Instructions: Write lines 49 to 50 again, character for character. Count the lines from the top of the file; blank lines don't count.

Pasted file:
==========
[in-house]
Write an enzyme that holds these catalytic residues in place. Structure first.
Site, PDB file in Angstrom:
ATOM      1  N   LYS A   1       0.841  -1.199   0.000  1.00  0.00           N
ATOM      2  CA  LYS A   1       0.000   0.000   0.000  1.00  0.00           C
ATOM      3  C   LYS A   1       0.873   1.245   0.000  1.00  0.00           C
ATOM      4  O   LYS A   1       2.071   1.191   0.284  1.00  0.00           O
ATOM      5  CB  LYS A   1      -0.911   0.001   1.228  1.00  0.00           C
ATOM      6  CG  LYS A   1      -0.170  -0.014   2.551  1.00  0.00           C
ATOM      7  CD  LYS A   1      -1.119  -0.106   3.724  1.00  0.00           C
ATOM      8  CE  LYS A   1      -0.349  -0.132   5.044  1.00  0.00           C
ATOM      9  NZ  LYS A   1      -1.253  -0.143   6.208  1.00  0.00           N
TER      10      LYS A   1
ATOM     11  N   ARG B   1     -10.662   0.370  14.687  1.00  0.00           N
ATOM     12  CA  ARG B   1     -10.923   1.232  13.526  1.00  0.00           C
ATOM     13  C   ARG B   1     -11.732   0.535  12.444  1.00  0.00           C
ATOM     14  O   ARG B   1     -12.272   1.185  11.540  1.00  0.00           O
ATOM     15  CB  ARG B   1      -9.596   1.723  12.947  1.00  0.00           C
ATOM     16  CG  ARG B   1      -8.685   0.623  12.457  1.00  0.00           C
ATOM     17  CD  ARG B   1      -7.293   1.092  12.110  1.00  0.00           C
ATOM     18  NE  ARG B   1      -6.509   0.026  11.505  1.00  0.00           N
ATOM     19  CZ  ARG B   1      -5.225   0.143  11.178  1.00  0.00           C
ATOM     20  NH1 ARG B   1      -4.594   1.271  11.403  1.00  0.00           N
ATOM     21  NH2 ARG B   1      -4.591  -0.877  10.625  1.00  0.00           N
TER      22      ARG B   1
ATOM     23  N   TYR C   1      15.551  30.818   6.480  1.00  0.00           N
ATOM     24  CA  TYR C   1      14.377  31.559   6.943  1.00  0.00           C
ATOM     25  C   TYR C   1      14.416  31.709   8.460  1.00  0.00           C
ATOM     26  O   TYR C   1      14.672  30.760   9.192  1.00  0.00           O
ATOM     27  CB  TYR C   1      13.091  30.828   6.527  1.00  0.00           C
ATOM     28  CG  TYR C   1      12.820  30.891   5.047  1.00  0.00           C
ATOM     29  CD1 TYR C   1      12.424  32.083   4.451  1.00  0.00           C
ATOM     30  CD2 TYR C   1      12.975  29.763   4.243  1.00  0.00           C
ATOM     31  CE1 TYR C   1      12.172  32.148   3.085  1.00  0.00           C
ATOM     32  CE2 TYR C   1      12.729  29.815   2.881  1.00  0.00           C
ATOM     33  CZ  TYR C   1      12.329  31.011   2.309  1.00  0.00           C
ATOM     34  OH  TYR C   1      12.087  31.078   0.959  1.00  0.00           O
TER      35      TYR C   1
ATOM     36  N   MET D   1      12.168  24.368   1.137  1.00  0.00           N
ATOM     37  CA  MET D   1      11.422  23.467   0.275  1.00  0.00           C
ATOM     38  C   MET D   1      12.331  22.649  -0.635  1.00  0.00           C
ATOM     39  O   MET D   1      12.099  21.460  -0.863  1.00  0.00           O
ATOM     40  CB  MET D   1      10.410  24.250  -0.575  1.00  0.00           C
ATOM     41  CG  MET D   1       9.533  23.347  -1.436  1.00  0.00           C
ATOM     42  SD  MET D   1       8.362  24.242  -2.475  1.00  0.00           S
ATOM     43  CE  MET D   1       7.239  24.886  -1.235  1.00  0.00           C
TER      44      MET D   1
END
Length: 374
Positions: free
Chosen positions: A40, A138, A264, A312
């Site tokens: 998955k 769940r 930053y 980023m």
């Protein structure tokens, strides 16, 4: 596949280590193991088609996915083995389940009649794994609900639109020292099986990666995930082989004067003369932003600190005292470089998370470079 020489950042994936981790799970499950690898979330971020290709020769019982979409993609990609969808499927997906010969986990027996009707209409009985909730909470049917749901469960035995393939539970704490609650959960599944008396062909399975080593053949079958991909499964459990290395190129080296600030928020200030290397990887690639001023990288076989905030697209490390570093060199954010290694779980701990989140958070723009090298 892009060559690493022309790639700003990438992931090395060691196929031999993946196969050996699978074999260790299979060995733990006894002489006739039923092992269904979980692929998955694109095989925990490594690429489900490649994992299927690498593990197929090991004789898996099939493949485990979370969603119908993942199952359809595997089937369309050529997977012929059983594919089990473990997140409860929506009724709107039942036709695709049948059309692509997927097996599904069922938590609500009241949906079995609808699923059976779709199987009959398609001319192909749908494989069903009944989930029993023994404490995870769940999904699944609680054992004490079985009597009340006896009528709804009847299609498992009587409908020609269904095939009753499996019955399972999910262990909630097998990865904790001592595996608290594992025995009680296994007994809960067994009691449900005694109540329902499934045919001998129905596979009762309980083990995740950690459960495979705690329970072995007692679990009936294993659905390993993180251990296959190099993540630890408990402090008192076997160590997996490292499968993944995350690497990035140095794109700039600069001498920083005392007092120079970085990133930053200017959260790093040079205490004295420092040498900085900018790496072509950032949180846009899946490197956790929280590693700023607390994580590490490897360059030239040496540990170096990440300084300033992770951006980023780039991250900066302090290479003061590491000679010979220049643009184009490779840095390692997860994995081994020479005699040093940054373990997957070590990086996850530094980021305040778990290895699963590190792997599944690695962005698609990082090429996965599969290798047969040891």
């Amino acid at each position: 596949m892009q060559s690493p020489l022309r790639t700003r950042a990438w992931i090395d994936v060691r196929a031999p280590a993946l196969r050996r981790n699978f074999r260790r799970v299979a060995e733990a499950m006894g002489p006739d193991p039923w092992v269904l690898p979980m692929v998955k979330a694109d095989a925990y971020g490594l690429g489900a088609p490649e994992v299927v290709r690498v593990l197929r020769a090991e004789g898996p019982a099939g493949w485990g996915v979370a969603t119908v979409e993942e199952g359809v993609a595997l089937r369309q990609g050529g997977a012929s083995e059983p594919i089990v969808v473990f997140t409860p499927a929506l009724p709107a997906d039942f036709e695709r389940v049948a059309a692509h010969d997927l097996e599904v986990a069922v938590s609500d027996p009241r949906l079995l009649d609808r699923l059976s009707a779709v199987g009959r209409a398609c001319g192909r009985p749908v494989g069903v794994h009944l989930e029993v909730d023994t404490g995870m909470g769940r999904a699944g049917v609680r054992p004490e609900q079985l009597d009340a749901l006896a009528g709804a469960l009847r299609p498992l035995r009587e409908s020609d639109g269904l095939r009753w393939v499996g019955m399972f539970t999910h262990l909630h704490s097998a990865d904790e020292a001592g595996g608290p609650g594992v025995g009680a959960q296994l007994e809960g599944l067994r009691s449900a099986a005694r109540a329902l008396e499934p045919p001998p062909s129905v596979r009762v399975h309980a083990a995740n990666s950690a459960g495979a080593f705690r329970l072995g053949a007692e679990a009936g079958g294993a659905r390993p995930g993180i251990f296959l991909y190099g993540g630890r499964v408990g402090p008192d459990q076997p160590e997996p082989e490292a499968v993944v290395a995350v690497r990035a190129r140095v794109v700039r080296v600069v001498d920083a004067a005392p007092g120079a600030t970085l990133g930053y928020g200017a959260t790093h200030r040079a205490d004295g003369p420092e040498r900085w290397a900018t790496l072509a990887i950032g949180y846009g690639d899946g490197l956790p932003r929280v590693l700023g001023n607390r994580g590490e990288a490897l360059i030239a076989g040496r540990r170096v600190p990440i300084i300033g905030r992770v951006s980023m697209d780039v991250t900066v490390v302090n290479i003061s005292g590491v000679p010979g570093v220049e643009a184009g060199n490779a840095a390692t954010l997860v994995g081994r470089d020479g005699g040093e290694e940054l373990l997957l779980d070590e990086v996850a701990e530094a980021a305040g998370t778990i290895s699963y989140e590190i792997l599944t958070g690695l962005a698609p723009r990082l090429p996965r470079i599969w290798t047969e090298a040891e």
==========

Length: 374
Positions: free